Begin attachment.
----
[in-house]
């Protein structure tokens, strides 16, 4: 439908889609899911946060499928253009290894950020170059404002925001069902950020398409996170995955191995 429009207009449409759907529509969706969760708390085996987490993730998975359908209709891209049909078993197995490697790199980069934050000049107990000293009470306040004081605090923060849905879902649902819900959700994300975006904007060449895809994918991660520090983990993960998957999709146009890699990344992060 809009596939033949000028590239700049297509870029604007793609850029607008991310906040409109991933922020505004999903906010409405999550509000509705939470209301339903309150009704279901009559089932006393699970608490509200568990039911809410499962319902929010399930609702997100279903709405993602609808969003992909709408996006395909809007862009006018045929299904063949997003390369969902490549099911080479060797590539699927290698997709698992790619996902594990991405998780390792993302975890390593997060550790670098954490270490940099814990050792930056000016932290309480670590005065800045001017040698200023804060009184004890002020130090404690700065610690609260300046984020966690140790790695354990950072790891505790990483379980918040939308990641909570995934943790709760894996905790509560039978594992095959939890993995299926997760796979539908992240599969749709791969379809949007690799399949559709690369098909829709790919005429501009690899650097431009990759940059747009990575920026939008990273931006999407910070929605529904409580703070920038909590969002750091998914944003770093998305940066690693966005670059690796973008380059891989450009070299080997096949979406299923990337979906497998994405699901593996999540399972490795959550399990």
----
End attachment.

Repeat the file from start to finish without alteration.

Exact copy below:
[in-house]
């Protein structure tokens, strides 16, 4: 439908889609899911946060499928253009290894950020170059404002925001069902950020398409996170995955191995 429009207009449409759907529509969706969760708390085996987490993730998975359908209709891209049909078993197995490697790199980069934050000049107990000293009470306040004081605090923060849905879902649902819900959700994300975006904007060449895809994918991660520090983990993960998957999709146009890699990344992060 809009596939033949000028590239700049297509870029604007793609850029607008991310906040409109991933922020505004999903906010409405999550509000509705939470209301339903309150009704279901009559089932006393699970608490509200568990039911809410499962319902929010399930609702997100279903709405993602609808969003992909709408996006395909809007862009006018045929299904063949997003390369969902490549099911080479060797590539699927290698997709698992790619996902594990991405998780390792993302975890390593997060550790670098954490270490940099814990050792930056000016932290309480670590005065800045001017040698200023804060009184004890002020130090404690700065610690609260300046984020966690140790790695354990950072790891505790990483379980918040939308990641909570995934943790709760894996905790509560039978594992095959939890993995299926997760796979539908992240599969749709791969379809949007690799399949559709690369098909829709790919005429501009690899650097431009990759940059747009990575920026939008990273931006999407910070929605529904409580703070920038909590969002750091998914944003770093998305940066690693966005670059690796973008380059891989450009070299080997096949979406299923990337979906497998994405699901593996999540399972490795959550399990």